Adolescence is the transitional period of biological and mental development in the human lifecycle. It takes place between puberty and adulthood. The period is narrowly linked with teenage years. However, the physical, mental, and traditional elucidations may start earlier and terminate later than they should.
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For instance, puberty is typically linked to adolescence progress. Adolescence starts before the teenage years. Practically, there are no universal standards that guide how adolescents behave. The communal setting where the adolescent is brought up is a major contributor to how they turn out as adults.
This case study originates from an interview conducted on 17-year-old Latino female. It is based on three development processes. These are biological, cognitive, and socio-emotional foundations of human development.
These foundations generate a vivid image of the adolescent’s experiences. Nicole Tomas’ experiences are paralleled to diverse prevailing age-related theories. The strategy allows the examination of the significance of adolescence as a standard stage of development. The approach helps in demystifying a bad perception of adolescents the community has.
Immigration from Latin America to the United States is typically an escape from challenging conditions. However, the advantage is accompanied by a loss of identity. The loss of identity is often distinctive baggage for adolescents. They are often placed into a new cultural setting and life situation during the process of forming an identity. US-born Latino adolescents also face the challenge of adapting to the majority culture. A major source of health issues for Latino adolescents is bicultural stress.
However, not all Latino adolescents experience health issues. Adolescence is associated with stress. It is also a stage when rebellion against norms occurs in the minds of the majority of adults.
However, this is not always the case because the majority of adolescents possess positive self-esteem and relate well with others. They eventually transit into adulthood effectively. The change in attitude and physical changes are triggered by hormones as they transit to adulthood. Amazingly, most adults tend to overlook their own experience as adolescents.
The objective of this case study is to examine the experiences of an adolescent Latino female. The approach will shed light on getting a better comprehension of what some adolescents have to cope within contemporary society. The use of the interview helps in demystifying misconceptions surrounding adolescence. Additionally, the interview helps in examining biological, cognitive, and socio-emotional aspects of Nicole Tomas. The interview will then be related to various theories of development.
Nicole is a Latino adolescent. She is 17 years old. She is a senior in a high school. Nicole is not an academically outstanding student. She enjoys singing and is in the school choir. She was raised by her father. Her mother died when Nicole and her elder sister were seven and ten years old, respectively. The bond between the sisters is strong.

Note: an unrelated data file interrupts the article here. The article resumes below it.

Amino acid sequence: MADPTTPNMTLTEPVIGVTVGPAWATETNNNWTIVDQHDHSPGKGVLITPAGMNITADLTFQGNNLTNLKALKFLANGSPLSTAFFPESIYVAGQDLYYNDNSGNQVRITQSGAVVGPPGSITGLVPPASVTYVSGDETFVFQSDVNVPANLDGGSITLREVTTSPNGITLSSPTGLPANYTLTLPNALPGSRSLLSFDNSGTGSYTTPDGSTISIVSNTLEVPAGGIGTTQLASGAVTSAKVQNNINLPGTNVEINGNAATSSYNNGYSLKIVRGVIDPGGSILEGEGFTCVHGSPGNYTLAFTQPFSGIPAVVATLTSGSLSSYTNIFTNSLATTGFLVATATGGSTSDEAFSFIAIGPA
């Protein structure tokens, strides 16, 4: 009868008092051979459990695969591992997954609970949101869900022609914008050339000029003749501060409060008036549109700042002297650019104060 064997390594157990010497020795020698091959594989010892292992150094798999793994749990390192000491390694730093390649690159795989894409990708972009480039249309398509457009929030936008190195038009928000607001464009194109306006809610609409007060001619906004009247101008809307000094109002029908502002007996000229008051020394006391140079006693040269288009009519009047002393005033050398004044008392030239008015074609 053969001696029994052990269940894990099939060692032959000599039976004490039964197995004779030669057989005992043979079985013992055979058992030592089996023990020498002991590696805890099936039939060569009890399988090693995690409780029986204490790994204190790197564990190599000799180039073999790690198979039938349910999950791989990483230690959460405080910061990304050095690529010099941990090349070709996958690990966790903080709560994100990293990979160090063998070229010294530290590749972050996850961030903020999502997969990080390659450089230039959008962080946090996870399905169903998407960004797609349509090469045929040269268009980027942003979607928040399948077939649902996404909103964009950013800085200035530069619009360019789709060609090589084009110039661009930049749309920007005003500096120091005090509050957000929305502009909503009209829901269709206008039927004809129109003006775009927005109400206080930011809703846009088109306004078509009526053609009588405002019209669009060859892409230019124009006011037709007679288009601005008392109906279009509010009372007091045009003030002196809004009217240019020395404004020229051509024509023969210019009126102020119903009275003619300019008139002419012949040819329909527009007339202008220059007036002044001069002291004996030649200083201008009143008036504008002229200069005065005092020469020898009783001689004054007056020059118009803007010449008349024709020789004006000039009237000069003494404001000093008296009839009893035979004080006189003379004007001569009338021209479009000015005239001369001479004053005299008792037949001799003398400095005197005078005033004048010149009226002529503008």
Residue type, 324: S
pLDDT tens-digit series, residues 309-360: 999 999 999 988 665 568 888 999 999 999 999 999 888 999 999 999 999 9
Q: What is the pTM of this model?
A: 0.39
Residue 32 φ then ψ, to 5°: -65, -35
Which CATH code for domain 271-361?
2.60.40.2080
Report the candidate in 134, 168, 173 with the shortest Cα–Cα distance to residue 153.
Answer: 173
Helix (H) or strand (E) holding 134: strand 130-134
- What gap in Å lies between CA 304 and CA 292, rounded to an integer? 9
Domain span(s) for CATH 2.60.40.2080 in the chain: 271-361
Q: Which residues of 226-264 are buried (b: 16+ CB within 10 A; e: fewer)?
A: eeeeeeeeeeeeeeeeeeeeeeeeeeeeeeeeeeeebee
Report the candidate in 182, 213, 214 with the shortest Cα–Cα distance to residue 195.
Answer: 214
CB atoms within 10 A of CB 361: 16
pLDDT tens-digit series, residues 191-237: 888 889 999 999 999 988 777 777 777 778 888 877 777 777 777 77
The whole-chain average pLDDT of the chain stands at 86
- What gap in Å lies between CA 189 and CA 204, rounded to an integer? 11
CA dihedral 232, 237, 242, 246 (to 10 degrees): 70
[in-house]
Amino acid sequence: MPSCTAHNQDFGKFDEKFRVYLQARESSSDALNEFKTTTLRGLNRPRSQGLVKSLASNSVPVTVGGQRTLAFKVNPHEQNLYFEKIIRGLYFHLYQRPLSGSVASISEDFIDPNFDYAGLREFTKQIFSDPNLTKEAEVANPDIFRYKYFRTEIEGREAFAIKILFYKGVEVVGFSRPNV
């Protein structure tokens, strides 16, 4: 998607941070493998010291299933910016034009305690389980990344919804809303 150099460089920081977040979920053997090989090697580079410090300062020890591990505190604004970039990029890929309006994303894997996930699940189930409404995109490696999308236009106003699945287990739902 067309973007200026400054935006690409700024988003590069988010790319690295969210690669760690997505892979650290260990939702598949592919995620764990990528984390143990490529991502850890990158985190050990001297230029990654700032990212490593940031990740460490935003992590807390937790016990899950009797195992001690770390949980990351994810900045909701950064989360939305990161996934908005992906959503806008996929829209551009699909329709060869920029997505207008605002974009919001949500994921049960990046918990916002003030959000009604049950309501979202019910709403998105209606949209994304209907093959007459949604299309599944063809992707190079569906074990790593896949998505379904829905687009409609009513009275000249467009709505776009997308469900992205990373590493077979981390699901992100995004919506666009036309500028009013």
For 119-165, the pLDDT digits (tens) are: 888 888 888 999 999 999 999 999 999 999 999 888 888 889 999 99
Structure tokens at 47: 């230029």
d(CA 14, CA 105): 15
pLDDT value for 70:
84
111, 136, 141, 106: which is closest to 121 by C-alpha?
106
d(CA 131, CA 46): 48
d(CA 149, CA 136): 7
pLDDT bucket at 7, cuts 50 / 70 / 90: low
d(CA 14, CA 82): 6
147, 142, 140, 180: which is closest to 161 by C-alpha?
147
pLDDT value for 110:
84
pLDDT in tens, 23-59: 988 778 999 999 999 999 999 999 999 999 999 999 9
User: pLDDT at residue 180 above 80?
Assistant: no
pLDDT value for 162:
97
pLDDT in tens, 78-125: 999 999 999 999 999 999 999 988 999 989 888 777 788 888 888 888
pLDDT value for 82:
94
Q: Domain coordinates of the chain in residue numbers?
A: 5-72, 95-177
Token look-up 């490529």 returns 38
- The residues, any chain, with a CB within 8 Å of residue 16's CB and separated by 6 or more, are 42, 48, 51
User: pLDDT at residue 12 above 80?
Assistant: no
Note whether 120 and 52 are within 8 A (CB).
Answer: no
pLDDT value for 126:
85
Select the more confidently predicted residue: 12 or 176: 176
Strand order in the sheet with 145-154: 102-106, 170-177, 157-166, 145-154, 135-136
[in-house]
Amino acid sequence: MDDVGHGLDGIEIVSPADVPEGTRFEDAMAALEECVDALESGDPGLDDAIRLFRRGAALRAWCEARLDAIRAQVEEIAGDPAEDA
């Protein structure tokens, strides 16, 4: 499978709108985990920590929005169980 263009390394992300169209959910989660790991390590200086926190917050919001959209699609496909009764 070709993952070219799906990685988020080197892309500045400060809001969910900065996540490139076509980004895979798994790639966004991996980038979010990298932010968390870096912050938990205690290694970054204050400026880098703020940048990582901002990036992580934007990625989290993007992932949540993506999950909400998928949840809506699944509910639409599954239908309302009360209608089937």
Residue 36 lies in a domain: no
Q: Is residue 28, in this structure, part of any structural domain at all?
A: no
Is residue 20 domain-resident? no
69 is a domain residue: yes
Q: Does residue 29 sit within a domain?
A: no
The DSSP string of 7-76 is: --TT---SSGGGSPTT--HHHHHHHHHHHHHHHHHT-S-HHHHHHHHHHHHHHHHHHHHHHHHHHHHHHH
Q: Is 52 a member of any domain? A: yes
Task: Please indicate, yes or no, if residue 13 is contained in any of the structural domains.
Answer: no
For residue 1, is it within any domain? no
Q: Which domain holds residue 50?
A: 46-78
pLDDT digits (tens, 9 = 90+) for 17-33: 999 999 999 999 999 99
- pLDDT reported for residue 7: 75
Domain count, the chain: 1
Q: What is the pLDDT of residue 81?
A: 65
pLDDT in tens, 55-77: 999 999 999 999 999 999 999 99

This is possibly due to the absence of the mother with whom most girls have close relationships. Her father has always been there for them, but he is working most of the time. They only interact for two or three hours daily due to his tight schedule. When he is not working, he ensures he spends quality time with his daughters. This way, he creates a father-daughter bond with them. The relationship between the father and the daughters emerged out of necessity.
Nicole was born in a nearby hospital like a normal child. Her childhood was a happy one as her mother was not working; hence was always around her. She has tender memories about her mother who, she states, was very protective. Her father is not any different. Despite the protective nature of both parents, Nicole had to undergo the various developmental changes that normal childhood experiences.
Her father did not exhibit any difficulties in accepting the developmental changes that occurred in Nicole and her sister. He was supportive though he could not openly discuss with them the physical changes they experienced. Instead, he sought the assistance of their aunt, who would openly discuss various issues with them.
Nicole never experienced serious childhood diseases except for normal illnesses, such as chickenpox. However, she admits that she experienced a period of anxiety and distress upon the death of her mother when she was only seven years. The father and her aunt were there to support her psychologically.
Poor health, including obesity, is typically the result of lifestyles that begin in adolescence or when a child experiences poor upbringing (Santrock, 2000). Throughout their lives, the father has always made sure that their health is a precedence. When she caught chickenpox, her father took leave from work to be by her side. Although the aunt was there, he took it as his responsibility to personally take care of her.
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Medical practitioners recommend that girls should have had a gynecological examination before they have reached 15 years. The father was aware of this. When Nicole was 14 years, the father arranged with the aunt for her to be taken to a gynecologist. The results were good. The physical development of girls occurred before and during the teenage years. Her puberty had set in when she got her first menstrual period.